• 1) a permanent magnet synchronous motor including three phase terminals, a resonant frequency being generated between an inductance and a ground electrostatic capacitance which are measured between the following:
      • a) one of the three phase terminals of the permanent magnet synchronous motor, and
      • b) a ground; and
    • 2) an inverter for driving the permanent magnet synchronous motor, the inverter generating a carrier frequency, the resonant frequency of the permanent magnet synchronous motor being free from a conformance with the carrier frequency of the inverter and being free from a proximity of the carrier frequency of the inverter.

According to a second aspect of the present invention, there is provided a method of testing a permanent magnet synchronous motor driving system, the method comprising the following operations:

    • i) disposing on an insulated bench a permanent magnet synchronous motor of the permanent magnet synchronous motor driving system, the permanent magnet synchronous motor driving system comprising:
      • 1) the permanent magnet synchronous motor including three phase terminals, a resonant frequency being generated between an inductance and a ground electrostatic capacitance which are measured between the following:
        • a) one of the three phase terminals of the permanent magnet synchronous motor, and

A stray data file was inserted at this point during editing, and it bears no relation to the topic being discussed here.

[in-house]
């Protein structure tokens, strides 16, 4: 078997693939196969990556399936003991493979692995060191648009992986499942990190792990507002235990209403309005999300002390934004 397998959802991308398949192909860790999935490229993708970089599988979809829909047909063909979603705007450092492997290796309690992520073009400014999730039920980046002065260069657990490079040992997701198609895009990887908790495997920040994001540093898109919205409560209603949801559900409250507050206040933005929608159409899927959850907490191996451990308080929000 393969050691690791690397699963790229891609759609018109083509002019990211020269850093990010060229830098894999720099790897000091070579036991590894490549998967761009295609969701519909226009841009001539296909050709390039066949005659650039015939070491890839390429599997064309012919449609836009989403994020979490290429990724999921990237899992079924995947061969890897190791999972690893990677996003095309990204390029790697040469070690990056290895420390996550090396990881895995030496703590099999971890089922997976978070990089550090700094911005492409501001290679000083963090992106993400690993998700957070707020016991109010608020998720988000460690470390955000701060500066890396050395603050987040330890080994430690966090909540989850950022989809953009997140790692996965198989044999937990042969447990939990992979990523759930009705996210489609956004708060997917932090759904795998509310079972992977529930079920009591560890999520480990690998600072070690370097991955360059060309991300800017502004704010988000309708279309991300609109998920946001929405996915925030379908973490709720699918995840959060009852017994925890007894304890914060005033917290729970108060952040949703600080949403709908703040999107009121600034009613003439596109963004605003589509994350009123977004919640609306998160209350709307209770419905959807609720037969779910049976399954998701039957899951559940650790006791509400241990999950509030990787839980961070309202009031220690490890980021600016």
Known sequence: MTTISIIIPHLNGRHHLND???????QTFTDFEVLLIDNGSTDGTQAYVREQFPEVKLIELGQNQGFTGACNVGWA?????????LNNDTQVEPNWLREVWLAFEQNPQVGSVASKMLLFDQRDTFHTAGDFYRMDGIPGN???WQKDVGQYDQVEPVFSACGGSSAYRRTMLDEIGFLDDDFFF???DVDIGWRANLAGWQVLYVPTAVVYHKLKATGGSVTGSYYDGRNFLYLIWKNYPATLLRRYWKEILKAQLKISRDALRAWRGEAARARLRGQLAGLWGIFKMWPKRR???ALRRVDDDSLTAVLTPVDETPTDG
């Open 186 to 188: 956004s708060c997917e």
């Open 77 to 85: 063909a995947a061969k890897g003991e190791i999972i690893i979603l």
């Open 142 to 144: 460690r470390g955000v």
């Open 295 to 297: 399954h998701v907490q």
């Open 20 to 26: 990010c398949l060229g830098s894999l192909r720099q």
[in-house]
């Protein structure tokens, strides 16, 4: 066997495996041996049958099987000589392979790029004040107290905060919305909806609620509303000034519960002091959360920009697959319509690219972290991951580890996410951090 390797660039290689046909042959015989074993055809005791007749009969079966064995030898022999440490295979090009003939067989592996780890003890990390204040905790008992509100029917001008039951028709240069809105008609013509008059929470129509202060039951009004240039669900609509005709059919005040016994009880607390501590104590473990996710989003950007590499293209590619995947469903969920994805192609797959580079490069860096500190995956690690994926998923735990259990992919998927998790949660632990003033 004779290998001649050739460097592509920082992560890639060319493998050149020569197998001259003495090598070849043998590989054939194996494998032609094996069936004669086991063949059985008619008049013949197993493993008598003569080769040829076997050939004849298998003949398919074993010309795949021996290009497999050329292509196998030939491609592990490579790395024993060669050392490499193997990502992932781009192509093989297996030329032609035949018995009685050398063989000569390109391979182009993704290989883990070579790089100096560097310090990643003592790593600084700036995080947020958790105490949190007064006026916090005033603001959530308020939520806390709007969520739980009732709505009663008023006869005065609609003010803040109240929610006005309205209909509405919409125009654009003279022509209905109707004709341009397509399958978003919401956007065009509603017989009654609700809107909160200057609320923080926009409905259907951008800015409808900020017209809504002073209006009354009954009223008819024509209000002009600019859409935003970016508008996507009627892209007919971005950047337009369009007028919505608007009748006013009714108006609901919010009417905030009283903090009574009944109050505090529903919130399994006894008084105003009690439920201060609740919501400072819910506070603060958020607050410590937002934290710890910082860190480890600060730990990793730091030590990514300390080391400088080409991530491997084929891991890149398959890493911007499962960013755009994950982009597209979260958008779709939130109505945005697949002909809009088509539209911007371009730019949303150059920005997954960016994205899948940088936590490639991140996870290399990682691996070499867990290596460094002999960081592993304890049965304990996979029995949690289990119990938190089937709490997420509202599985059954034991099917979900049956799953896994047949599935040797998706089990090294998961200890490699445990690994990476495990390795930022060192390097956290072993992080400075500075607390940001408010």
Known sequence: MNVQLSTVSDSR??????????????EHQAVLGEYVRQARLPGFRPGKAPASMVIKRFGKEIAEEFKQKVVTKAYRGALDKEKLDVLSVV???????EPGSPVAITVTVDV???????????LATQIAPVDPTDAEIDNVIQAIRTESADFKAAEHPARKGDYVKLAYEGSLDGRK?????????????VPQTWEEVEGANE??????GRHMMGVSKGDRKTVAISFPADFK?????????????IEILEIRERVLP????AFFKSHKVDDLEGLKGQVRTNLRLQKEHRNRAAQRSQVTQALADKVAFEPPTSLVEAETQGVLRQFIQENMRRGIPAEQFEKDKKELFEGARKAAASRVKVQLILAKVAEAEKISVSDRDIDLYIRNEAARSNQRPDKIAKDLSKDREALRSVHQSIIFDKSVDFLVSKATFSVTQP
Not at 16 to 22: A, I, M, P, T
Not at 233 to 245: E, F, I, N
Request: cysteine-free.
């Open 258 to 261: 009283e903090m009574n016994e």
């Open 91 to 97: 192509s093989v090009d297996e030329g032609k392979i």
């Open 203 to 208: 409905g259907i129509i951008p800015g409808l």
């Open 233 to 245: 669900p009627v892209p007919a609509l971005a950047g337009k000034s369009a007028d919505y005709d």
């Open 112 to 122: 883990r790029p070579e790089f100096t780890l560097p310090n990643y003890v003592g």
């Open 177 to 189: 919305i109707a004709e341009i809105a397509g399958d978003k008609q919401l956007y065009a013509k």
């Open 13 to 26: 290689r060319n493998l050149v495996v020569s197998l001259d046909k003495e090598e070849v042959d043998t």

• b) a ground; and
      • 2) an inverter for driving the permanent magnet synchronous motor, the inverter generating a carrier frequency, the resonant frequency of the permanent magnet synchronous motor being free from a conformance with the carrier frequency of the inverter and being free from a proximity of the carrier frequency of the inverter;
    • ii) measuring a ground electrostatic capacitance in a frequency range smaller than or equal to substantially 1.0 kHz, between one of the three phase terminals of the permanent magnet synchronous motor and the ground;
    • iii) measuring, in a high frequency range, the resonant frequency between the inductance and the ground electrostatic capacitance; and
    • iv) calculating a constant for determining a characteristic of an electrostatic capacitance.

The other objects and features of the present invention will become understood from the following description with reference to the accompanying drawings.

BRIEF DESCRIPTION OF THE SEVERAL VIEWS OF THE DRAWINGS

FIG. 1 shows a frequency characteristic of electrostatic capacitance (component of zero-phase), according to an earlier technology.

FIG. 2 shows a frequency characteristic of the electrostatic capacitance between one-phase terminal and ground (present).

FIG. 3 shows a high frequency distributed constant equivalent circuit (having component of one-phase) of a permanent magnet synchronous motor.

FIG. 4 shows a high frequency concentrated constant equivalent circuit (having component of one-phase) of the permanent magnet synchronous motor.

FIG. 5 shows an equivalent circuit between high frequency one-phase terminal of the permanent magnet synchronous motor, and the ground, in which

    • FIG. 5(a) shows a Y-connection of the one-phase equivalent circuit, and
    • FIG. 5(b) shows a concentrated constant circuit.

FIG. 6 shows measurement of the constant.

FIG. 7 shows slot dimensions, including a slot width aaa and a slot height bbb.

FIG. 8 shows a frequency characteristic with a resonant frequency f0 of the electrostatic capacitance 21/2 times a carrier frequency fc of an inverter

FIG. 9 shows a schematic of circuit of a permanent magnet synchronous motor driving system.

DETAILED DESCRIPTION OF THE EMBODIMENT

In the following, various embodiments of the present invention will be described in detail with reference to the accompanying drawings.

<Theory of the Present Invention>